Mozilla was unable to confirm whether the delay, the second one this month, would affect the releases of the final version of the browser.
"I can't tell you that we're 100 percent confident that we will hit quarter one," said director of Firefox, Mike Beltzner.
"At this time, we don't have a good estimate for when we'll be done. Many of the bugs are proving to be tricky and complicated to fully resolve."
According to Beltzner, 15 of the TraceMonkey bugs have been described as 'Priority one blockers'. A Priority one blocker is a bug that, if unfixed, would prevent the release of Beta 3. He said once developers "get a good handle on the problem", the revised schedule should be posted within a few days.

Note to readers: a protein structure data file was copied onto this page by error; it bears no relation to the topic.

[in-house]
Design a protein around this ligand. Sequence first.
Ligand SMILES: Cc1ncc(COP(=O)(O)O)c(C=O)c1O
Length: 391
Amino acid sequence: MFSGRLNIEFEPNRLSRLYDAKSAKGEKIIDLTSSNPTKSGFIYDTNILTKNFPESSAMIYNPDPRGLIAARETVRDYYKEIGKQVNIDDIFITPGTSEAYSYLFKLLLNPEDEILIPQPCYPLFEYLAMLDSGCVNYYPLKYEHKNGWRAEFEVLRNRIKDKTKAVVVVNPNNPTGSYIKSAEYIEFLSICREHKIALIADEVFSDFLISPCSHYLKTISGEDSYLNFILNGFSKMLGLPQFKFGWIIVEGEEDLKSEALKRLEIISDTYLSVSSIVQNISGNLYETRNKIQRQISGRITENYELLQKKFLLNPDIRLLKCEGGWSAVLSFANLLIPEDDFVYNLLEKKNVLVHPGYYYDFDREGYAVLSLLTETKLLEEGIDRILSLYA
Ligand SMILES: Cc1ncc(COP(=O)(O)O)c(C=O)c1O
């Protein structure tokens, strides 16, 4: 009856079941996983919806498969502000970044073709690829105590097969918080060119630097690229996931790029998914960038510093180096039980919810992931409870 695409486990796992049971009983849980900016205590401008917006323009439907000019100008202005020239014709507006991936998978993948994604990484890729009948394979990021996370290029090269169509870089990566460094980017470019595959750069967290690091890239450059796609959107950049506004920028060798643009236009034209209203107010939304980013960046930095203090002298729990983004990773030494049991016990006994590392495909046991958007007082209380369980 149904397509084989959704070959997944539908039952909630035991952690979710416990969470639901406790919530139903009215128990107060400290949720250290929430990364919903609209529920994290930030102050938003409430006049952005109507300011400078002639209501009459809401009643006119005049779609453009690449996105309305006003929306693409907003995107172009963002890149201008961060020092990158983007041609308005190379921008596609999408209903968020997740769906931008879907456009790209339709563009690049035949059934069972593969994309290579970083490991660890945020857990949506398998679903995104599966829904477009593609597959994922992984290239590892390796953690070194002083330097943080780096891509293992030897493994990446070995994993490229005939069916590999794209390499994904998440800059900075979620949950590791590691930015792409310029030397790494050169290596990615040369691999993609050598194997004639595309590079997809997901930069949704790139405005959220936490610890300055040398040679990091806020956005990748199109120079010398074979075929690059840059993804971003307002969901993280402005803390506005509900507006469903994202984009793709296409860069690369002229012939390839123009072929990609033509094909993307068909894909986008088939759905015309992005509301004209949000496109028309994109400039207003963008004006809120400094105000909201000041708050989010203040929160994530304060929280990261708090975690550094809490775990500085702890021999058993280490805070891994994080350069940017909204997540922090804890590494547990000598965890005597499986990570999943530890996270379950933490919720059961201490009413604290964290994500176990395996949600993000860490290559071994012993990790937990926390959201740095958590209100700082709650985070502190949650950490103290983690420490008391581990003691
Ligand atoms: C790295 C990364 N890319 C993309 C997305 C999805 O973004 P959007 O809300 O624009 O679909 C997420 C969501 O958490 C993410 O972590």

"We'll check back with [the TraceMonkey team] in a couple of days, and see where they're at," he said.
Firefox 3.1 has been pushed back several times. Two weeks ago, Mozilla announced that Beta 3 would ship a week later than previously scheduled, on February 2. Last November, Mozilla inserted the third beta into its timetable to give more testing time to several features, including TraceMonkey.
"The TraceMonkey bugs seem quite containable," said Beltzner. "They're the sort of instability bugs that don't affect a lot of people a lot of the time - we're talking crashes that are affecting a small percentage of the web - but we don't want to crash on any."
See also: Mozilla to track Firefox users